Almost as soon as the COVID-19 pandemic hit in early 2020, news outlets began positing the question of whether people were more likely to contract the virus in dense urban areas where they more often came into contact with people.
Especially in the pandemic's early period, as New York City's infection and mortality rates dominated the news cycle, this link between density and the spread of the virus felt natural and likely affected the decision of many urban residents to move deeper into suburban and rural areas.
Density and COVID-19: Early Findings
Shima Hamidi, Sadegh Sabouri, and Reid Ewing are some of the first to formally study the link between density and pandemics concerning COVID-19 in their recent article "Does Density Aggravate the COVID-19 Pandemic? Early Findings and Lessons for Planners" in the Journal of the American Planning Association (Vol. 86, No. 4).
The authors employ structural equation modeling to test the effects of several demographic and pandemic-related variables on COVID-19 infection and/or death rates (each logged for the model) at the county level. These include the percentage of Black population, COVID-19 testing rate, and metropolitan population.
A full list of regression variables can be found in this figure:
Figure 1: Causal path diagram for COVID-19 death rate in terms of county density and other variables (correlational arrows among explanatory variables are not shown for the sake of simplicity and clarity).
Connectivity Over Density in Pandemic
From this model, they find that the metropolitan population is one of the most significant predictors of COVID-19 infection and mortality rates.
Population density was not significantly related to the infection rate, and more dense counties had significantly lower COVID-19 mortality rates than those with low densities.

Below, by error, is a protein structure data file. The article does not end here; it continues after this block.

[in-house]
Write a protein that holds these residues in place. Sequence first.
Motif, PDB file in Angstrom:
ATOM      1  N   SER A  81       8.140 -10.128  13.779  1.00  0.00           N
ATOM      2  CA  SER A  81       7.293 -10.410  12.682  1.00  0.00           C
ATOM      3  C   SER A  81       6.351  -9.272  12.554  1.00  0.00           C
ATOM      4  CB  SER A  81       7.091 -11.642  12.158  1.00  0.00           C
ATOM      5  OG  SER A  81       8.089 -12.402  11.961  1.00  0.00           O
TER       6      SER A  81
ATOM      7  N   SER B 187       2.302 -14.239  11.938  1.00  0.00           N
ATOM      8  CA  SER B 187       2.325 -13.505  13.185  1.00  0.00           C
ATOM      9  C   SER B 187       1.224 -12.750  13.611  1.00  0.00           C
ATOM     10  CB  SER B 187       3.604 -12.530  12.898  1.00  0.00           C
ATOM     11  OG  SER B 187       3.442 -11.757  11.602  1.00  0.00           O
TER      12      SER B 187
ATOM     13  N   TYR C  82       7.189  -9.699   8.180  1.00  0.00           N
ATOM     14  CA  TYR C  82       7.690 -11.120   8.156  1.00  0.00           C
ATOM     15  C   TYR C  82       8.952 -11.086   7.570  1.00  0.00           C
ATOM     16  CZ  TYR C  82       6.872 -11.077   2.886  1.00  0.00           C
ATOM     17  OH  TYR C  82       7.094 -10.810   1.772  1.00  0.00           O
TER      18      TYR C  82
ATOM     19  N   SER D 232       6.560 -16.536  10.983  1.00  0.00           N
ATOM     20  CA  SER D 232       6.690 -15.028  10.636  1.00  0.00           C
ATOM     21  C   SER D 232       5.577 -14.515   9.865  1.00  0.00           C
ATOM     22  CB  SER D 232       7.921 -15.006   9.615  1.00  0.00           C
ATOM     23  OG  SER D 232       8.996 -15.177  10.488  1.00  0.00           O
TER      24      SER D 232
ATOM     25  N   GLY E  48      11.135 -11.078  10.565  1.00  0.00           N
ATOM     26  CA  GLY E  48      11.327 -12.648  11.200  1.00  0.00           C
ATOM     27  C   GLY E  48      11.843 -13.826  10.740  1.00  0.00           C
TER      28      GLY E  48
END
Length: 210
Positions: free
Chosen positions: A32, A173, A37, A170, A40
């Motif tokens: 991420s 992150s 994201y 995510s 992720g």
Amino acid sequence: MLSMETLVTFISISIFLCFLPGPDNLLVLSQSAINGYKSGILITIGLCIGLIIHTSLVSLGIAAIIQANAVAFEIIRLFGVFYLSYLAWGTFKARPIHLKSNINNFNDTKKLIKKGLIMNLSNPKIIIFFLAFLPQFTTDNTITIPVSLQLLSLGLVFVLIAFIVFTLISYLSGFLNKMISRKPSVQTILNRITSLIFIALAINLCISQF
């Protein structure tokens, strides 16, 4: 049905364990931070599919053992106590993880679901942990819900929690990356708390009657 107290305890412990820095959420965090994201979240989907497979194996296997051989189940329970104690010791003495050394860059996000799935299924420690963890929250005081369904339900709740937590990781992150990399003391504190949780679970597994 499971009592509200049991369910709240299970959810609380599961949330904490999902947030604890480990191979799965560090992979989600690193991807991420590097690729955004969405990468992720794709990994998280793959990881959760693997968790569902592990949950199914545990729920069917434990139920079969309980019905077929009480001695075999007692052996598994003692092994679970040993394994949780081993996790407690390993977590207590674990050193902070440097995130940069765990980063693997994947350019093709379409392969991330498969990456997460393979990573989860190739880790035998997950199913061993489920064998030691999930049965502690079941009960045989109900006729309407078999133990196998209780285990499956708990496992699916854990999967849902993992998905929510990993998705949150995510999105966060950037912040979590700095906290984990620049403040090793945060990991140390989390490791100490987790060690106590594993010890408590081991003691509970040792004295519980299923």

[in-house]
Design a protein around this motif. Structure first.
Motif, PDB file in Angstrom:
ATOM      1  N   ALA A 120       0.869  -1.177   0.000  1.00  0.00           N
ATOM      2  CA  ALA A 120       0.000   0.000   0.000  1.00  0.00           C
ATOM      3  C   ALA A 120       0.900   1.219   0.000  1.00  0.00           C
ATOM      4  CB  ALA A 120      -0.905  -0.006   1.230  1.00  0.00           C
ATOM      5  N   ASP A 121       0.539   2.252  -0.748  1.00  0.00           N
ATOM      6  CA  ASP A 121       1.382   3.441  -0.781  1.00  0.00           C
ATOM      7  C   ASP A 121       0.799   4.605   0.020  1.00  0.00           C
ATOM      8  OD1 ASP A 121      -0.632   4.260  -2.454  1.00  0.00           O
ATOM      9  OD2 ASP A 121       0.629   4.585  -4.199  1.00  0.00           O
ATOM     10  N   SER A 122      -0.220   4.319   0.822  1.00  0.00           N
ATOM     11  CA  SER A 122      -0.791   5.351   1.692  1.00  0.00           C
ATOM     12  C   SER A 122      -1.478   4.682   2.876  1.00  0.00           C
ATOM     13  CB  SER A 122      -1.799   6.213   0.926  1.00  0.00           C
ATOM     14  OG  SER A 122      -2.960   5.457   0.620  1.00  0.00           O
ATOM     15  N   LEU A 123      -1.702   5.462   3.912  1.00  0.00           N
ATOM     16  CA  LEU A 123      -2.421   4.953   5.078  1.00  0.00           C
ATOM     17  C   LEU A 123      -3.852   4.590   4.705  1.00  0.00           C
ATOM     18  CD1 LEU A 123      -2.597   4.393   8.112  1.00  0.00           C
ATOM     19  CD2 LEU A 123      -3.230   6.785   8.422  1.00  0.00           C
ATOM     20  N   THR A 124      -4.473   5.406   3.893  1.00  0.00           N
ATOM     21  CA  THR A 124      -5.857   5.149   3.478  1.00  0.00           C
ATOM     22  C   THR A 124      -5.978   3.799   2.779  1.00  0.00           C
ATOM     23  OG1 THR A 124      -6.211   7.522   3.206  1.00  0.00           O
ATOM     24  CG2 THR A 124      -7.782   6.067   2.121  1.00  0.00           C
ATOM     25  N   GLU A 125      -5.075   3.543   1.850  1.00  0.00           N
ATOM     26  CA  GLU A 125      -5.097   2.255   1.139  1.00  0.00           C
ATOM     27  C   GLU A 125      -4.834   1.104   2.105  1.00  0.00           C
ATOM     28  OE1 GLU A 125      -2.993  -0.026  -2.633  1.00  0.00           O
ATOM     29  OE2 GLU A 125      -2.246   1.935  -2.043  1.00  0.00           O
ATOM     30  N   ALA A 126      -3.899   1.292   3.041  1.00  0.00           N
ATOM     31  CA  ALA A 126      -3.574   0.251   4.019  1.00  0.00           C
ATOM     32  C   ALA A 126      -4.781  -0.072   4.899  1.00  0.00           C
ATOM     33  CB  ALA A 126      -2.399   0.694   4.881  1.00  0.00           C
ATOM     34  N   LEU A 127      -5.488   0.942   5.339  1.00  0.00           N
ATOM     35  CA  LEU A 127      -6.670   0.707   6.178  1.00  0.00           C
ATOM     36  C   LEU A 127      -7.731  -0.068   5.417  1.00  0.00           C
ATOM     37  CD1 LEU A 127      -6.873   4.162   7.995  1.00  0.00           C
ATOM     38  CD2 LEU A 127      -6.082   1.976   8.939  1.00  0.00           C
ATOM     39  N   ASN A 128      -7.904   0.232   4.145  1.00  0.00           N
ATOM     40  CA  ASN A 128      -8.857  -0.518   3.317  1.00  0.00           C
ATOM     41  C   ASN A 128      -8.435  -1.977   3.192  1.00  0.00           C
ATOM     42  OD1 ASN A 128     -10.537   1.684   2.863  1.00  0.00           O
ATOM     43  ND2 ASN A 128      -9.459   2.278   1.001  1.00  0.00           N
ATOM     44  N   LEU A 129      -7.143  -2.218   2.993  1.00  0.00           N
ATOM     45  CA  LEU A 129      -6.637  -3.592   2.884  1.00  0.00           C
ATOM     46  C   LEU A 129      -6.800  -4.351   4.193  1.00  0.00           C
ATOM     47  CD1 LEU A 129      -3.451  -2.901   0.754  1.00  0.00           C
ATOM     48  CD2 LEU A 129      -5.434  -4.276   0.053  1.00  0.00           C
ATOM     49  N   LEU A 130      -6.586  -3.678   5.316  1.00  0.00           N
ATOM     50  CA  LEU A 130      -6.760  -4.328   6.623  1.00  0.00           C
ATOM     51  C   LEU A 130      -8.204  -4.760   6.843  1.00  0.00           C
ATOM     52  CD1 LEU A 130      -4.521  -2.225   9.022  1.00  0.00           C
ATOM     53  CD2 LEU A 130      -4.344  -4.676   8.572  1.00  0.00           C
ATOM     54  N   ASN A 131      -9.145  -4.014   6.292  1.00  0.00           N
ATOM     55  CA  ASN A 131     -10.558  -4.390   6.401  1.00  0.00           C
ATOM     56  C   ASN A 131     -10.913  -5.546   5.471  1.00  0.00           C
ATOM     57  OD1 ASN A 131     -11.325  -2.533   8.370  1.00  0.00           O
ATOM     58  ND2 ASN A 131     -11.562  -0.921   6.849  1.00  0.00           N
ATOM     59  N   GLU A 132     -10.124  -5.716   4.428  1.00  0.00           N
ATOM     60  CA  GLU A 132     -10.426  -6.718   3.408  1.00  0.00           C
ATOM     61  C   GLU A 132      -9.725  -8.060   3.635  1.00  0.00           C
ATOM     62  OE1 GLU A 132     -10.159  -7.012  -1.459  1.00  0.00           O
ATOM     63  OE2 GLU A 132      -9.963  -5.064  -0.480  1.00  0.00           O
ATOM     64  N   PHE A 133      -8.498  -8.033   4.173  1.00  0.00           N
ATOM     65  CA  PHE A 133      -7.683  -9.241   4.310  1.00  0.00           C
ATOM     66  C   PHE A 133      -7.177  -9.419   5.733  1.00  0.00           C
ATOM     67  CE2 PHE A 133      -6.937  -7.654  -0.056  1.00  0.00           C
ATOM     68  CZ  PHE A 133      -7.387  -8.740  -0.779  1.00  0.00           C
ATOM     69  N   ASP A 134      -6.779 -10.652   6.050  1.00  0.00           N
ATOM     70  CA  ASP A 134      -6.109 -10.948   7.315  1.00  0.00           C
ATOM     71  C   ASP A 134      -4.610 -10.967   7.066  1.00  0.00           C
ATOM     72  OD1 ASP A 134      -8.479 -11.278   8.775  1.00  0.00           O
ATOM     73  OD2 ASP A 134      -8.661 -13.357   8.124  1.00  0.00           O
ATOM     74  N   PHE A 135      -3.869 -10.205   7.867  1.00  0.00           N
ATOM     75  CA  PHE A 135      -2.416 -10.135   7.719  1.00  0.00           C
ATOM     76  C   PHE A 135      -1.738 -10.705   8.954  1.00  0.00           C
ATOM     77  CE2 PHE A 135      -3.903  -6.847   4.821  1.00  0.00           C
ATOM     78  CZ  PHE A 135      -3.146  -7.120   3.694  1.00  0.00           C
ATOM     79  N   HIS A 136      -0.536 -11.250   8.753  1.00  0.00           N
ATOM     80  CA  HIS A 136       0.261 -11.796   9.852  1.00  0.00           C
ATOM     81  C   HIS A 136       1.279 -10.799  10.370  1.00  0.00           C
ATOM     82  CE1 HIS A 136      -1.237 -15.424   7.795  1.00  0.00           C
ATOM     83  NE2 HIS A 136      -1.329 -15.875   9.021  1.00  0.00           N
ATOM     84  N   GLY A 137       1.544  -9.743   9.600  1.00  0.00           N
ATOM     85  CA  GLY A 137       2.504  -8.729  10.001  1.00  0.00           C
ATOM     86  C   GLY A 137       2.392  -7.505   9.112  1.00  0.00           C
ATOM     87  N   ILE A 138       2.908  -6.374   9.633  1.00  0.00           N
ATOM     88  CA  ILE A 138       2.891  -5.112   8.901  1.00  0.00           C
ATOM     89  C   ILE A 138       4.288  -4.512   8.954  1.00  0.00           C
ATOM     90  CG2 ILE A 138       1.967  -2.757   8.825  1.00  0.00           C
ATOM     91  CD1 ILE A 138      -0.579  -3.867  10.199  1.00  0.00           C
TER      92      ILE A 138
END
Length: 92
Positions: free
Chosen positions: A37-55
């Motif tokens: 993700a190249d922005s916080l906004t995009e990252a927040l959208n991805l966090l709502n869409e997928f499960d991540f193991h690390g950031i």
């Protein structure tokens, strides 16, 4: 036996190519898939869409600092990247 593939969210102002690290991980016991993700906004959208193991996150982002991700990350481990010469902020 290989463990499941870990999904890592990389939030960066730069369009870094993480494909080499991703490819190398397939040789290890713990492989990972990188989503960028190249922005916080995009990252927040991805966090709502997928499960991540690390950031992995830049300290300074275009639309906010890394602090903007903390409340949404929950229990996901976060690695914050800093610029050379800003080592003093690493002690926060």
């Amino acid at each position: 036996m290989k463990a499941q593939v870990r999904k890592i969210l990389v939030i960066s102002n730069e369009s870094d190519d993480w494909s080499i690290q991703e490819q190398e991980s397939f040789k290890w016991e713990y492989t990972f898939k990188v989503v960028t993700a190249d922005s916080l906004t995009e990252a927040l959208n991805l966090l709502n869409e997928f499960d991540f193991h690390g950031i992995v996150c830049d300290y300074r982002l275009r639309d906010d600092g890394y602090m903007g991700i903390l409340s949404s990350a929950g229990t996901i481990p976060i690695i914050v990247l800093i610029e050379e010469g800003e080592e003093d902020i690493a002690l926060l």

The authors posit that this may be because higher-density counties have superior healthcare systems that reduce the likelihood of COVID-19 mortality. Ultimately they use these findings to suggest that connectivity between counties (signified by larger metropolitan populations) matters more than density in the spread of the pandemic.
Based on this finding, the authors recommend that planners continue to advocate for dense development, adding lower COVID-19 death rates to a long list of benefits denser development can bring. In doing so, they are acknowledging that this pandemic has the potential to greatly shift urban planning practices for better or worse, but that it is, therefore, the responsibility of pro-density planners to counter pandemic-fueled arguments in favor of sprawl.
While this article represents only early findings that have potentially shifted in the seven months since the article was written, this link between urban form and the spread of COVID-19 is sure to be a major research topic in the coming years.
Top photo: Getty Images photo.
About the Author
Ben Demers is a Master of Urban Planning and Master of Public Policy candidate at Harvard University.